For meat, sausages, cheese and other dairy products there are the aforementioned two producers, and in addition the farm sale of Bergwinklhof Monigottsöd. The latter also offers a small selection of wine, but for good and knowledgeable advise on wines or non-alcoholic drinks to accompany a meal you'll better pay a visit to Uli Scheffler's organic wine trader's booth. While the juices are readly available in deposit bottles, returnable wine bottles are still very rare, and not used for high-quality wines.

If you feel adventurous on Thursday afternoons take the urban train S7 in direction Aying/Höhenkirchen-Siegertsbrunn/Kreuzstraße (or a bike ride) to the suburb of Neubiberg and pay a visit to the communal organic market on the pleasant premises of the Umweltgarten eco park, a true oasis within ugly suburbanity, with a small zoo, popular not only among kids. On Thursdays there's also an all-day market at Rotkreuzplatz. As on Mariahilfsplatz about half the boothes here are organic, though scattered all over the market area, with a cluster in direction Nymphenburger Straße.

Needless to say that the organic boothes on the famous Viktualienmarkt in the Munich city will happily support you when you make it clear that you want to use your own bags and containers. And the spring of 2021 did not only see the opening of an organic bakery in one of the solid market stalls in the northern part of the market, but also a tiny organic food shop for organic dry food grown and produced in the nearby Chiemgau region: Satt und gut ("full and good") sells staple foods like grains, flour, eggs, honey and oil but also cookies, both pre-packaged and loose weight, partially from the smallest gravity bins I've seen so far. Note that this shop, unlike the market itself, is closed on Mondays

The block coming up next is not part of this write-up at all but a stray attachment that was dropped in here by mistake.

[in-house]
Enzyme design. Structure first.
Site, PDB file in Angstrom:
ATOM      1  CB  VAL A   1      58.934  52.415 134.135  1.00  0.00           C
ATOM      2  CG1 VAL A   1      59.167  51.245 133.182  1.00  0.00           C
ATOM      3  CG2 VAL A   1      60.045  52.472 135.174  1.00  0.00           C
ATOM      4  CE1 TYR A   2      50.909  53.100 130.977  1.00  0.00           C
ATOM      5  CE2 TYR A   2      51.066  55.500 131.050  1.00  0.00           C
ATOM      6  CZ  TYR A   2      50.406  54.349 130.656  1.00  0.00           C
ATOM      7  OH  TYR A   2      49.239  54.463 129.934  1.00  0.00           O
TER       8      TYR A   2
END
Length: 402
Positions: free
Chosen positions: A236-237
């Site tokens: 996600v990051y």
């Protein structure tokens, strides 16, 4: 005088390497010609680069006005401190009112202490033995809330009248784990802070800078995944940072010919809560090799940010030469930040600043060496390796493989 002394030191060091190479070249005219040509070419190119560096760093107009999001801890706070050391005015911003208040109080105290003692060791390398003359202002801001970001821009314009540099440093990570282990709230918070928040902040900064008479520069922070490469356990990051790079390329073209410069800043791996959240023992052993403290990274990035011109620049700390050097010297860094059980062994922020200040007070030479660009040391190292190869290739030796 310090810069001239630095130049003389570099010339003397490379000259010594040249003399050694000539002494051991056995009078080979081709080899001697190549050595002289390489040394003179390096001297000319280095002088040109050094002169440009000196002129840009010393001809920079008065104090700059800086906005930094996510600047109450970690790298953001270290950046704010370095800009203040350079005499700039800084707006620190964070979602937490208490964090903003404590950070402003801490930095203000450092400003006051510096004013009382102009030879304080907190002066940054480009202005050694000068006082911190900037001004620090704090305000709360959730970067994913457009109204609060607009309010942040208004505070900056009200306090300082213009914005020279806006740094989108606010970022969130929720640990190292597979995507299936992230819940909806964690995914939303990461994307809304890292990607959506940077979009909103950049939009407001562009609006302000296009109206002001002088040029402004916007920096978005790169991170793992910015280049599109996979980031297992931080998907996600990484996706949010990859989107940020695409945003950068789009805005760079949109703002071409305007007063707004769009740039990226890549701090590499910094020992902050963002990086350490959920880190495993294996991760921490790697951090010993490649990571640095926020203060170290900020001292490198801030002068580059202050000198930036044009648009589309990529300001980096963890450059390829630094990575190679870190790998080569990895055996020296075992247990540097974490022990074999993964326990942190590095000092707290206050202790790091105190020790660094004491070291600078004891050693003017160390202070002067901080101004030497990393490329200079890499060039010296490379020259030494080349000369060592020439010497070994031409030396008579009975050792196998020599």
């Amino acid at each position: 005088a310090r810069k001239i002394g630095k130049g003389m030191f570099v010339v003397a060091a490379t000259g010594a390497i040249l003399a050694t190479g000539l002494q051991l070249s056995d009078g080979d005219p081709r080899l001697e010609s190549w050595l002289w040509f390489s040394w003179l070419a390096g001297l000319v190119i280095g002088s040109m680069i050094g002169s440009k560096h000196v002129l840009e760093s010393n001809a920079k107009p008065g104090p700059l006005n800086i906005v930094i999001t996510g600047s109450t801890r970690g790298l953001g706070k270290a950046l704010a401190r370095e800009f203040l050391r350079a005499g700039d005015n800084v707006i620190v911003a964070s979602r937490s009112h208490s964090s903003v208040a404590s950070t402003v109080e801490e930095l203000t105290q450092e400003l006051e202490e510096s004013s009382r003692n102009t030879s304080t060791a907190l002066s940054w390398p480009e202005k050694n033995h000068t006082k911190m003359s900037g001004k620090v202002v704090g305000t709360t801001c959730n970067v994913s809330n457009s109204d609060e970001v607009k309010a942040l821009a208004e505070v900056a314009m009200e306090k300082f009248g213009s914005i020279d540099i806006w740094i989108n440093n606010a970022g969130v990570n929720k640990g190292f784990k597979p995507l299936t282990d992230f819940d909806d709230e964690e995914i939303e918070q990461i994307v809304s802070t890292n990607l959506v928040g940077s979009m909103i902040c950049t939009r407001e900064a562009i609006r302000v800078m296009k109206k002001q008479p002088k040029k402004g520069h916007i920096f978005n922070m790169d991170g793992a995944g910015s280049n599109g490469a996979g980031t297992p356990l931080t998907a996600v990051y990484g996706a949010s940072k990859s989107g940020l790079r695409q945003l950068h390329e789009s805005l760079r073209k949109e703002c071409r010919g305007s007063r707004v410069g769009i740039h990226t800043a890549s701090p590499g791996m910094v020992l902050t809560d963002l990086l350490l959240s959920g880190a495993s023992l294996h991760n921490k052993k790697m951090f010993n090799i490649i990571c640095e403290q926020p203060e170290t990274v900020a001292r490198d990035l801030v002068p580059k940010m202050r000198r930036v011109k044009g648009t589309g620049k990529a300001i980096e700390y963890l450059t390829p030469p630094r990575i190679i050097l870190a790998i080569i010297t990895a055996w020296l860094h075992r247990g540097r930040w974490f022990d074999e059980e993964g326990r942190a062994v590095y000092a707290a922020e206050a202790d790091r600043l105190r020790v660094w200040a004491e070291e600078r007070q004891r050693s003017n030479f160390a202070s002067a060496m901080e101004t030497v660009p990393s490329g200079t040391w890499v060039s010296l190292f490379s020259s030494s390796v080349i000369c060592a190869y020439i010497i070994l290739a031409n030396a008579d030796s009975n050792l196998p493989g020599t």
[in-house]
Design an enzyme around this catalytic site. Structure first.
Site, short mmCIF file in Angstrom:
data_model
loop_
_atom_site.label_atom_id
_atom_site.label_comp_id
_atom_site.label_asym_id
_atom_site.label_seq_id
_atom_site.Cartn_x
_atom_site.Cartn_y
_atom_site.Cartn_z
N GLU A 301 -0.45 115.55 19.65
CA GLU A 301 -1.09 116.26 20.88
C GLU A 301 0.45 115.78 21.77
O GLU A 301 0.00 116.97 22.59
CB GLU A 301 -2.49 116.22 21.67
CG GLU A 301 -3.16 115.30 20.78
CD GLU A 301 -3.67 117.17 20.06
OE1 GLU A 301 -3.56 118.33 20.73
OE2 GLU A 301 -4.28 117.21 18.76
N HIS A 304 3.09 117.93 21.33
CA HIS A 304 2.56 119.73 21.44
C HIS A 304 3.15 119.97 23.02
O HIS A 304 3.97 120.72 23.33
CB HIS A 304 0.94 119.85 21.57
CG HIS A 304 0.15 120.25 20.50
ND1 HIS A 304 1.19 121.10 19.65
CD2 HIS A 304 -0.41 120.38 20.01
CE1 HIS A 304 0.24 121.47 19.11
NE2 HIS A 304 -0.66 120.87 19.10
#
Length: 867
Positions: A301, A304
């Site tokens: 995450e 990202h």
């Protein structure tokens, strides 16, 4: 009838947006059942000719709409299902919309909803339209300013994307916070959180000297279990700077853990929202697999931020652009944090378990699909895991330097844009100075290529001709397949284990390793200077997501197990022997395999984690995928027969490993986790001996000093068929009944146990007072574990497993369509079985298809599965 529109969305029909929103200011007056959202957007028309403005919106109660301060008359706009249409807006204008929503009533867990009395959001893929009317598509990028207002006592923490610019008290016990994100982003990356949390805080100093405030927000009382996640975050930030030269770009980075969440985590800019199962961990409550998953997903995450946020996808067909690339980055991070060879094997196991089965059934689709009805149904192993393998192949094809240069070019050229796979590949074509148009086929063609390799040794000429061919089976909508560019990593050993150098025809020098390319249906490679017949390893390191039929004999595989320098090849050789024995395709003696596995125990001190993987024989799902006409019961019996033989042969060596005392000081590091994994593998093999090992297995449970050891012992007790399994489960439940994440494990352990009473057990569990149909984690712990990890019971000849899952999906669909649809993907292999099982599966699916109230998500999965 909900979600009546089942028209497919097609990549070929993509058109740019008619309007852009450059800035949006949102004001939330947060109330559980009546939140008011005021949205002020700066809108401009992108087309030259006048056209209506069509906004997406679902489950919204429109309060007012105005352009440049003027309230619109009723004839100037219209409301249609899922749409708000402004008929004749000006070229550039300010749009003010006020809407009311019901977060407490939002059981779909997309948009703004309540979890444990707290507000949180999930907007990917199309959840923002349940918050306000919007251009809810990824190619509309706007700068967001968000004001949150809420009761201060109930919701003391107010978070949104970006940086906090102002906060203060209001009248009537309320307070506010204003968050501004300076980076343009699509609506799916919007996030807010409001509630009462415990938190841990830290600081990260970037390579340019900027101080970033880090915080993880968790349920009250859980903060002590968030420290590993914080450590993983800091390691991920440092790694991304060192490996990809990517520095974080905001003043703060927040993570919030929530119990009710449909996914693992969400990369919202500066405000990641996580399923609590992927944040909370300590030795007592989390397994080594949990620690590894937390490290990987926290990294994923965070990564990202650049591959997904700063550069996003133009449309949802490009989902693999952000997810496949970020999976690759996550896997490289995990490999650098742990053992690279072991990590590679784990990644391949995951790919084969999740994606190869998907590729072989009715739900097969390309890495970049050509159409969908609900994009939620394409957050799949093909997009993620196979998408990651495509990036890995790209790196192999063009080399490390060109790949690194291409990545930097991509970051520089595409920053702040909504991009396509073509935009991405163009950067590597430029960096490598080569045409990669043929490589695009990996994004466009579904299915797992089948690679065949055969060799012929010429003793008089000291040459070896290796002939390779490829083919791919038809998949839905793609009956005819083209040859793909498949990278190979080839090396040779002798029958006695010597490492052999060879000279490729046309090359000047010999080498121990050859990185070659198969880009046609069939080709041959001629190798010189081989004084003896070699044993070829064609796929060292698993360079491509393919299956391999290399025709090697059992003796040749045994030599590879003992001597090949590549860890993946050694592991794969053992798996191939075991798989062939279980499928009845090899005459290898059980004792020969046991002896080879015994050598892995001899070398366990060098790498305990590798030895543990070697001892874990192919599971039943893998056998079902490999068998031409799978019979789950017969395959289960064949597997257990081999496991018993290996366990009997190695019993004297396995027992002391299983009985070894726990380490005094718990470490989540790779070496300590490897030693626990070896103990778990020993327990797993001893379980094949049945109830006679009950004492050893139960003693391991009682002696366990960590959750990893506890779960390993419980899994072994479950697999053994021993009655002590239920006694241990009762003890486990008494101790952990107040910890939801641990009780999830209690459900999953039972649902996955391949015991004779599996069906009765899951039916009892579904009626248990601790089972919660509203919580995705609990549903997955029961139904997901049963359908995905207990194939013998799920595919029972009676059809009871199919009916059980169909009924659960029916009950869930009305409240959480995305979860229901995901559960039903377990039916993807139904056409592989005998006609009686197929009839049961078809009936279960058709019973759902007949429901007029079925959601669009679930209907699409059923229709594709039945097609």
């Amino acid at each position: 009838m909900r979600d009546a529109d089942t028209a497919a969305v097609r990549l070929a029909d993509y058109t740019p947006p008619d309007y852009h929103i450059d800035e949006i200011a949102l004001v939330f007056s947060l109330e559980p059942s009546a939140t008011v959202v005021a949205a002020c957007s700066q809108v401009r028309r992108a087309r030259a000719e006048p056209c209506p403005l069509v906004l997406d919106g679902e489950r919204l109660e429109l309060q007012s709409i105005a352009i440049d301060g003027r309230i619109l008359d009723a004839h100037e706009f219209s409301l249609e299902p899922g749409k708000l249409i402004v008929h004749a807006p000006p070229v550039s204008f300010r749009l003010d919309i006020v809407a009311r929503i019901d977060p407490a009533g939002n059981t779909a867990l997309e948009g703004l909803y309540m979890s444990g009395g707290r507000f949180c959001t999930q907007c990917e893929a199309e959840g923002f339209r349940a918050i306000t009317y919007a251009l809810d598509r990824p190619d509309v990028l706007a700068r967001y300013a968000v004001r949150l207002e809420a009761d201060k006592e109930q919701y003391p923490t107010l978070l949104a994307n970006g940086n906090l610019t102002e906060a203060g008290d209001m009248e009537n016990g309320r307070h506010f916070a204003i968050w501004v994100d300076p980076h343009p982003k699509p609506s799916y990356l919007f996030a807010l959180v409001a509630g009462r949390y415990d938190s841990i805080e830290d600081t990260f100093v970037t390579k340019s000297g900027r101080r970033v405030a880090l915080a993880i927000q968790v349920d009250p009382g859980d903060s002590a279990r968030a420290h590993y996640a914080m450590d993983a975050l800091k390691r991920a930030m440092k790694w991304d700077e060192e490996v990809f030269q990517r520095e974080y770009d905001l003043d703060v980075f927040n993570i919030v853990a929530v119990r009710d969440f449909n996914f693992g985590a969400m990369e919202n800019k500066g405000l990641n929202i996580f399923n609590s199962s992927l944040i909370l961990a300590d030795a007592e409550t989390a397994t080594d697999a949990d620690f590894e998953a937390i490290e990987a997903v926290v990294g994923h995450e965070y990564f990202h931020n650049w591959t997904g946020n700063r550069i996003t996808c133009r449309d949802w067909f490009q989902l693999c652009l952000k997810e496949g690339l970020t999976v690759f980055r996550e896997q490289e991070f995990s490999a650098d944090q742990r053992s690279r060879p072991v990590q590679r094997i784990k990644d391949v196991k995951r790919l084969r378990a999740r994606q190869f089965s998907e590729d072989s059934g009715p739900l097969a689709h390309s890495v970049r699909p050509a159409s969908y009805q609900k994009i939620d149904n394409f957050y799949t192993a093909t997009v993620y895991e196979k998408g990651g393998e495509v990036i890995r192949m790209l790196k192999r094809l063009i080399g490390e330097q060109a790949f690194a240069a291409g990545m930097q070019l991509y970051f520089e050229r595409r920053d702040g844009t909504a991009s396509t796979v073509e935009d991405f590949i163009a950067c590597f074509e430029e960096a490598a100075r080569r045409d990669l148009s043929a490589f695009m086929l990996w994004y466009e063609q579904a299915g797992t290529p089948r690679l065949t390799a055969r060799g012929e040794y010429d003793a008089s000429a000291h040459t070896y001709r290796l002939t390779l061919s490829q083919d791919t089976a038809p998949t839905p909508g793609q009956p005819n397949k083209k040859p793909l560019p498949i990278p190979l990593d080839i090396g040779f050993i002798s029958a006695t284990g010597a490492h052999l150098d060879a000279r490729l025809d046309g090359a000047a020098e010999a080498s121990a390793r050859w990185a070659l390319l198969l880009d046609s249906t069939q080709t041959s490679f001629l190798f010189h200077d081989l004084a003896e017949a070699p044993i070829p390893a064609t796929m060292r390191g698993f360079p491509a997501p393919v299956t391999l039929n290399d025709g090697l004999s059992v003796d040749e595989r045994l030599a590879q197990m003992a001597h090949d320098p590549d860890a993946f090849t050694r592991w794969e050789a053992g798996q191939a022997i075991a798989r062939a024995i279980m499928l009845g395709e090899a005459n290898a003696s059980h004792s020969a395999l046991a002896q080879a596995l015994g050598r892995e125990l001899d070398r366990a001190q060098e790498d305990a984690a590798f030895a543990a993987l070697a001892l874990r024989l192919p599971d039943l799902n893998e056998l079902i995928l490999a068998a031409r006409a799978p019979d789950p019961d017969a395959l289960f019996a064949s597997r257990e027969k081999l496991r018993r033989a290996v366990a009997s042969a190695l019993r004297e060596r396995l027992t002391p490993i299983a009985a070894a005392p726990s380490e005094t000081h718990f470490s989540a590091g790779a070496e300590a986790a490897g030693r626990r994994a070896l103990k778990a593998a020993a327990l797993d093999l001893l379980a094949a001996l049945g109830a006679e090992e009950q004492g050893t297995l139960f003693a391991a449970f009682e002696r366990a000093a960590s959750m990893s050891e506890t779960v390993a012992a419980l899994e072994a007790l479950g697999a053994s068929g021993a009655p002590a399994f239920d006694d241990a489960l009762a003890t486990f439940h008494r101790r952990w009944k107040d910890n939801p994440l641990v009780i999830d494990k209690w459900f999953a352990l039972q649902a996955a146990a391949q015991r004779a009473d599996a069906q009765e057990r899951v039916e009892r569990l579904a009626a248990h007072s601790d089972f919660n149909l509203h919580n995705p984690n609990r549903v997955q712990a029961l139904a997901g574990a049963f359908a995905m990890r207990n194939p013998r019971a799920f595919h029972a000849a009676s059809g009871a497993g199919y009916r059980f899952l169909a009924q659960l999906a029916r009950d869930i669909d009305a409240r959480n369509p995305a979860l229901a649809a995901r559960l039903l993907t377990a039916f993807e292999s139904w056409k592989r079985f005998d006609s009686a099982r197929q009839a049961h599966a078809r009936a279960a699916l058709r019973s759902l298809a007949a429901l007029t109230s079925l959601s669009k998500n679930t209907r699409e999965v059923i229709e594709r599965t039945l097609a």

Biohof Lenz

In Zorneding a small farmers' market is being held every Friday on the premises of the Biohof Lenz organic farm. Here you can buy local organic meat and meat products, cheese, bread, veges, and occasionally honey and bee products, wines and spirits. Although most stalls are organic there are a few exceptions offering conventionally produced specialities. The Lenz family's own farm shop keeps open at the same time and on Saturdays, but for buying their exceptionally good meat you should subscribe to their newsletter and order beforehand according to availability (you should be fast to answer). Unfortunately all the Lenz meat and sausages are vacuumized in plastic.

Bio-Gärtnerei Kamlah